This means that if an object is at a distance below an adjustable threshold, it is detected. But once detected, it remains locked even if the object moves back slightly. There is a small hysteresis generated by the main idea of the circuit.
The chosen idea is to use the principle of the Larsen effect, well known in the musical field. The Larsen effect, or acoustic feedback, occurs when the sound emitted by the speaker returns to the microphone.
When a reflecting object is close enough to the ultrasonic receiver, it receives a weak ultrasonic signal generated by the transmitter.
This signal is immediately amplified and sent to the loudspeaker. The signal is sustained by the feedback and then shaped to be exploitable as an input compatible with logic circuits or other microprocessors.
This acoustic feedback is optimal at the frequency of ultrasonic waves, due to the presence of two elements: the transmitter and the receiver optimized for these frequencies.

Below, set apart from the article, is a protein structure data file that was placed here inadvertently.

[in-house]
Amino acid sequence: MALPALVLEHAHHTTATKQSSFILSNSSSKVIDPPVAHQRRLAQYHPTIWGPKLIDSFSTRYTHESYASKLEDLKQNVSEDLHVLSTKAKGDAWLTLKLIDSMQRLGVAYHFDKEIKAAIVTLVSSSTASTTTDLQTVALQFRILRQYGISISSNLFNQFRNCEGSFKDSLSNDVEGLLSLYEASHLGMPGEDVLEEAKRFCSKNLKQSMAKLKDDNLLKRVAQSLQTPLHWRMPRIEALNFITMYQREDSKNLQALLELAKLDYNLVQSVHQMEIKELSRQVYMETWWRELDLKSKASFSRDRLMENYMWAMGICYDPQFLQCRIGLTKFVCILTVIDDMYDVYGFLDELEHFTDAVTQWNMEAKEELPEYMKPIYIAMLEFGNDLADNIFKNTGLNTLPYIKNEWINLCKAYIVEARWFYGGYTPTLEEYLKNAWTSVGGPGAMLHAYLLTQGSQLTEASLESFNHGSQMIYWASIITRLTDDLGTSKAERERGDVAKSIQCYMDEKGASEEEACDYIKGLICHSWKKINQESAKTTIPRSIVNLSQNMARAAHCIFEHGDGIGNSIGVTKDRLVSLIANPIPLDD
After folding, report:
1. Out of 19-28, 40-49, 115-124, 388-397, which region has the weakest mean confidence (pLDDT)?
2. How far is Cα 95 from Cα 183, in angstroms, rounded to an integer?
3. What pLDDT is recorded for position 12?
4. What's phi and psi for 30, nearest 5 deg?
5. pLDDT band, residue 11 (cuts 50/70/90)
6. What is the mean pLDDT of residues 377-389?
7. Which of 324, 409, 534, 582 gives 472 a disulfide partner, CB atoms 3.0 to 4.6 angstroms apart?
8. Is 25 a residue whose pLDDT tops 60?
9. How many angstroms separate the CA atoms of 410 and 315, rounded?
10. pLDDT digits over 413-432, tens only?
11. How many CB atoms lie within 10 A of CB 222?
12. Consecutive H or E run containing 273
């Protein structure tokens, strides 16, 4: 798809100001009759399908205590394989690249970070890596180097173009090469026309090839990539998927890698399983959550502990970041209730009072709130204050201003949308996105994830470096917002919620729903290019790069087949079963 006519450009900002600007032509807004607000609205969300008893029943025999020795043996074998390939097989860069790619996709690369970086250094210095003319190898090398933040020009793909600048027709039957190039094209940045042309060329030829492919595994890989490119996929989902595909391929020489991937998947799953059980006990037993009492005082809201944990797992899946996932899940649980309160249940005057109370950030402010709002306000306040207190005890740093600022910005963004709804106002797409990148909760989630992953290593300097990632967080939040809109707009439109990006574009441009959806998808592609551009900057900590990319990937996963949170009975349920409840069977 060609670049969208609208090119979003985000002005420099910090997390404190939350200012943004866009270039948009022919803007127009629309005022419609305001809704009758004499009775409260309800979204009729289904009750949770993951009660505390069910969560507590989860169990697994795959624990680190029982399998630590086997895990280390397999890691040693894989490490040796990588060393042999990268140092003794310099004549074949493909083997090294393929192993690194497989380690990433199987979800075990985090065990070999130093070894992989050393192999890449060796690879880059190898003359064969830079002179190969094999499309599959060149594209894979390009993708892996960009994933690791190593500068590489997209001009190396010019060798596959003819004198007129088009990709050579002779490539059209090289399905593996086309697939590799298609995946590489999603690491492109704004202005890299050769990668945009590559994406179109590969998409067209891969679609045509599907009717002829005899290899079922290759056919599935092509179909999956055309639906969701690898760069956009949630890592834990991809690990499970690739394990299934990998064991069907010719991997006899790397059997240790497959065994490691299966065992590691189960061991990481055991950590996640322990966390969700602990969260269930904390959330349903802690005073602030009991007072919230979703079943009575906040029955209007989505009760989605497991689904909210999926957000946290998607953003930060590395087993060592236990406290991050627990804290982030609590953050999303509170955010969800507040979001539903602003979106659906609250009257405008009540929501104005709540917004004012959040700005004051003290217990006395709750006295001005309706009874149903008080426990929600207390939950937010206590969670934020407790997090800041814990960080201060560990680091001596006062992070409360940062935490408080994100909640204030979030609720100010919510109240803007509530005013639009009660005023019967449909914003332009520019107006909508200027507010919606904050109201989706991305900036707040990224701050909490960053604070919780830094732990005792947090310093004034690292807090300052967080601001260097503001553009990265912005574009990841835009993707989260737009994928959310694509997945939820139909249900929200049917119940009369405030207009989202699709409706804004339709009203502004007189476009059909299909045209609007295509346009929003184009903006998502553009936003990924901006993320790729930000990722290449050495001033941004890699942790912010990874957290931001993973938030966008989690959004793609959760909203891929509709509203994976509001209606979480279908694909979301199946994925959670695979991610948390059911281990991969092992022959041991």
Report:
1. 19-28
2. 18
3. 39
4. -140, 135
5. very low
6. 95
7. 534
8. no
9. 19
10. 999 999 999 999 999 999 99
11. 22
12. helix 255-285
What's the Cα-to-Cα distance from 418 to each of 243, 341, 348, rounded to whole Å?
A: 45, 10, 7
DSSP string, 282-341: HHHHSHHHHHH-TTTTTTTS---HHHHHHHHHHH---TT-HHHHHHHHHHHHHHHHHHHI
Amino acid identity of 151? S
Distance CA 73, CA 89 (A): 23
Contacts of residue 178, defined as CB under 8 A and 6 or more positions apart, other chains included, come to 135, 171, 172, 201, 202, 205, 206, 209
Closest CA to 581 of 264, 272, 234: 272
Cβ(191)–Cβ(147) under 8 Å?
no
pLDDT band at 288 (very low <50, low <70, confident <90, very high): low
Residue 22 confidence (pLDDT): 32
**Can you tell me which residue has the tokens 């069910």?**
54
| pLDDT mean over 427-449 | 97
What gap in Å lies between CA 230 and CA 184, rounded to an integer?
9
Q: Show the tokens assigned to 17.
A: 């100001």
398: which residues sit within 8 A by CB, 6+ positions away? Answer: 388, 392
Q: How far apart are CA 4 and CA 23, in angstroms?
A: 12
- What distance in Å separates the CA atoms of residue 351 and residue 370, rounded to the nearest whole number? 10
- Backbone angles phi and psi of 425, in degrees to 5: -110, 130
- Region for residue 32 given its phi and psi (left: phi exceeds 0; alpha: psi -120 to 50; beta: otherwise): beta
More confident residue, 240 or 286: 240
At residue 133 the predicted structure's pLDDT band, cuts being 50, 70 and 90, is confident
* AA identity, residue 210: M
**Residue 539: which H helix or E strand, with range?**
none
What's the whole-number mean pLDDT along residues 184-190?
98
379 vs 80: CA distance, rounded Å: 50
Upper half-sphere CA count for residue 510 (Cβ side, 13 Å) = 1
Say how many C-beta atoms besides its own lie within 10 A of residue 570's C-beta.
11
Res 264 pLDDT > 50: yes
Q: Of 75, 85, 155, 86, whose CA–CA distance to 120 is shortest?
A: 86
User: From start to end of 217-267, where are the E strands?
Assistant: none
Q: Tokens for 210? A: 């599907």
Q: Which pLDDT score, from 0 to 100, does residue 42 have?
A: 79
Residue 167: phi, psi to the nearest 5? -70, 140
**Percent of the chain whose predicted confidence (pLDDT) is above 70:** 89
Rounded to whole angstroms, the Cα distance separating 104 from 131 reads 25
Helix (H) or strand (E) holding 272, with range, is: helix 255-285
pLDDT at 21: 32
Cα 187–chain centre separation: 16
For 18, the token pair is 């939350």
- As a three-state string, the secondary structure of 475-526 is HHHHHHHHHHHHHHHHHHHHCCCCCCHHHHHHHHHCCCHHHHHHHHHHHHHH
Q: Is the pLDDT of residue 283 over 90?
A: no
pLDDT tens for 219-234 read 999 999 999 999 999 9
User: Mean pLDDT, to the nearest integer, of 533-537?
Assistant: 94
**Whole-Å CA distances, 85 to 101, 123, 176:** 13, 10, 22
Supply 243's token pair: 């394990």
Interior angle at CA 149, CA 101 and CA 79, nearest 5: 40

This simplistic principle has some obvious drawbacks, the most important being the nature of the object to be detected, and another more insidious one is its sensitivity to excessively loud sounds.
How the Circuit Works
The diagram shows two parts: one is the amplification of ultrasonic signals, and the other is the signal shaping to obtain compatibility with other systems.
The ultrasonic receiver (US1) is amplified by a first bipolar transistor stage with adjustable gain via RV. This adjustable resistor allows the capture distance of obstacles to be adjusted.
The link between the two stages is made by a capacitive coupling. The alternating component of the signal is transmitted to the second stage by the capacitor C1.
This point is essential because the second stage is designed so that the voltage on the collector of T2 is just above the trigger threshold of the 555 monostable.
When the Larsen effect occurs, the voltage on the collector of T2 drops below 1/3 of Vcc and triggers the monostable circuit built around the classic 555.
The output of this circuit, which is in the low state at rest, switches to the high state for about 1 second. This duration is obtained by the choice of the two components R4 and C2.
The duration is equal to the product: 1.1 x R4 x C2.
To verify the proper functioning of the detector, a green LED has been added to the circuit. Let's not forget the big capacitor C4, essential in the presence of inductive loads such as the motors of a robot.